With respect to software development, there are two ways to think about scalability.
- Performance scalability
- Productivity scalability
TypeScript is meant to address 2. Productivity scalability.
It's been agreed upon that:
- It's better enable the compiler to catch silly bugs, typos, and other errors at compile time, rather than in production at runtime.
- Tests are the best documentation possible for your code. Types are no substitute for writing tests, but they can do a good job at reducing the surface area of bugs.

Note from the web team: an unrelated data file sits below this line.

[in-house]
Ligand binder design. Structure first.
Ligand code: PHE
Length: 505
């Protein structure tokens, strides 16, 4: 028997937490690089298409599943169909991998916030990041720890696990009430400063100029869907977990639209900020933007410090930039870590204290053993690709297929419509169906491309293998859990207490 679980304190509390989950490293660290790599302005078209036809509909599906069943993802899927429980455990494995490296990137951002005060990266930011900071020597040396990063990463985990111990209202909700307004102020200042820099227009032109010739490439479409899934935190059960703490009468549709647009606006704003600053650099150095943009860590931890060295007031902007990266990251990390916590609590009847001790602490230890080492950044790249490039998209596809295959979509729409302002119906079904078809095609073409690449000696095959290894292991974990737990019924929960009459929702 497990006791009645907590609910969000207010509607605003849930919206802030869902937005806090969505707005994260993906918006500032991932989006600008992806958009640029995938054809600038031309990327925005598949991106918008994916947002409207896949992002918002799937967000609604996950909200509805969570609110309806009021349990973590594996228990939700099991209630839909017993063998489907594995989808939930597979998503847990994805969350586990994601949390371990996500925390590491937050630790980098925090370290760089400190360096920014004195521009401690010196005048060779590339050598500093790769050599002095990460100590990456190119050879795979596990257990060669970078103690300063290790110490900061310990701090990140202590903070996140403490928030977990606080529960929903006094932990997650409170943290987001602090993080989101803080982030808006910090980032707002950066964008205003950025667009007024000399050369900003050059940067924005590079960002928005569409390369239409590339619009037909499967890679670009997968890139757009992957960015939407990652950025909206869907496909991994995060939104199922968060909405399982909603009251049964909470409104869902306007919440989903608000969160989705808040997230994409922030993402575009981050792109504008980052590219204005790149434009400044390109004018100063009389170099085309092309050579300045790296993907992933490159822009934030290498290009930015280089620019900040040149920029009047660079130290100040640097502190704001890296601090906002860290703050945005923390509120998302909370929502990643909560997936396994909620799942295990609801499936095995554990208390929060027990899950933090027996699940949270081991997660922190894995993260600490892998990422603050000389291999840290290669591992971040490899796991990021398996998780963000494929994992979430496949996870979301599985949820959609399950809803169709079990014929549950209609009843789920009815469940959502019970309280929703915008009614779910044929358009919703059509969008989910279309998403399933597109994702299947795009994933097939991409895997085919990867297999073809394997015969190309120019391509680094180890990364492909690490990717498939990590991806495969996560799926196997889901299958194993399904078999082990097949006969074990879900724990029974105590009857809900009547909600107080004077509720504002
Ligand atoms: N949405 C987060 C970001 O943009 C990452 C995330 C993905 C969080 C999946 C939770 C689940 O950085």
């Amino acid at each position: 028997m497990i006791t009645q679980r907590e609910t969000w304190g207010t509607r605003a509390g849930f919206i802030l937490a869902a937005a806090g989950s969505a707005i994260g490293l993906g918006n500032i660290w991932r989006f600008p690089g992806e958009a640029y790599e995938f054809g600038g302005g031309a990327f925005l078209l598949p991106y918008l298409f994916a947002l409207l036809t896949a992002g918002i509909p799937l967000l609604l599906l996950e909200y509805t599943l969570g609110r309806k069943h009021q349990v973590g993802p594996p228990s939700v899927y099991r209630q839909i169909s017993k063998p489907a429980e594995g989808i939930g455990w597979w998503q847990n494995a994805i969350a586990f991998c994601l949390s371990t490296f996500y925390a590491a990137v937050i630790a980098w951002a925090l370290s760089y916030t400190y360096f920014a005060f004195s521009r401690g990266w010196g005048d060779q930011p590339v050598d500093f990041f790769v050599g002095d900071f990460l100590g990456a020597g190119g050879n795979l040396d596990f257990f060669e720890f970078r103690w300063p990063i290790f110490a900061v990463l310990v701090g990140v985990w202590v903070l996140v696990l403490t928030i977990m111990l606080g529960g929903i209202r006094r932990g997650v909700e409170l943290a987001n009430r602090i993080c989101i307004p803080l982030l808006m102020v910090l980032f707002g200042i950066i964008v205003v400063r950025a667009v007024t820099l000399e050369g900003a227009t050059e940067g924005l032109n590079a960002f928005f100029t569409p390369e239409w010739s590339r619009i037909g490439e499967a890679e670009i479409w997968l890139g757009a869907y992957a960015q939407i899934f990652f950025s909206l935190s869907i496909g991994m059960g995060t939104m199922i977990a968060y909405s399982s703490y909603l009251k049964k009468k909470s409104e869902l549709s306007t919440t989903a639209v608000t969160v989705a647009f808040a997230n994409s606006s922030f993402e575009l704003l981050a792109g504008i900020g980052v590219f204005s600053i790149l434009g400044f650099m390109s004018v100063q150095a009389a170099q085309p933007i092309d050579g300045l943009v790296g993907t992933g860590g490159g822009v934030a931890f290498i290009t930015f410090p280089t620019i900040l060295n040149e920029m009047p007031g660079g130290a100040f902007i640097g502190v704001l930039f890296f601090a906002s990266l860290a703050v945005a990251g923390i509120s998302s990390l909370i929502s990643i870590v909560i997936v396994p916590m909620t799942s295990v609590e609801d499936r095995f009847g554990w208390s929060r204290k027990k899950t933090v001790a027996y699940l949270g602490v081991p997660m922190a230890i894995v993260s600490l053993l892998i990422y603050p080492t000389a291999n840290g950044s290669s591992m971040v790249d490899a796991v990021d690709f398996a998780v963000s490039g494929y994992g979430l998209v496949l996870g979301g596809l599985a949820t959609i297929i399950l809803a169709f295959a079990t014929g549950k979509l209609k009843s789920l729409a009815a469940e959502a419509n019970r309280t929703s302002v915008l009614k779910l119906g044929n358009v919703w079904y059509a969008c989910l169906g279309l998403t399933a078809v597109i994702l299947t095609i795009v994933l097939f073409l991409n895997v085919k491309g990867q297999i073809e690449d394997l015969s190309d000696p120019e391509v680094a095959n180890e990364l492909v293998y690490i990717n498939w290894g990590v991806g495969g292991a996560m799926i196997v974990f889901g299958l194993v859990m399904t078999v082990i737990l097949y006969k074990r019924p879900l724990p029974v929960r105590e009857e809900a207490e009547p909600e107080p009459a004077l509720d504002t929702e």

- Tests also enable faster and safer refactoring. Similarly, if no tests exist, types can (at the very least) catch syntatic inaccuracies.
We've talked about it previously, but TypeScript addresses #3 of the Hard Software Problems: The Compled Domain Problem.
See also: "When to Use TypeScript", a Detailed Guide through Common Scenarios.
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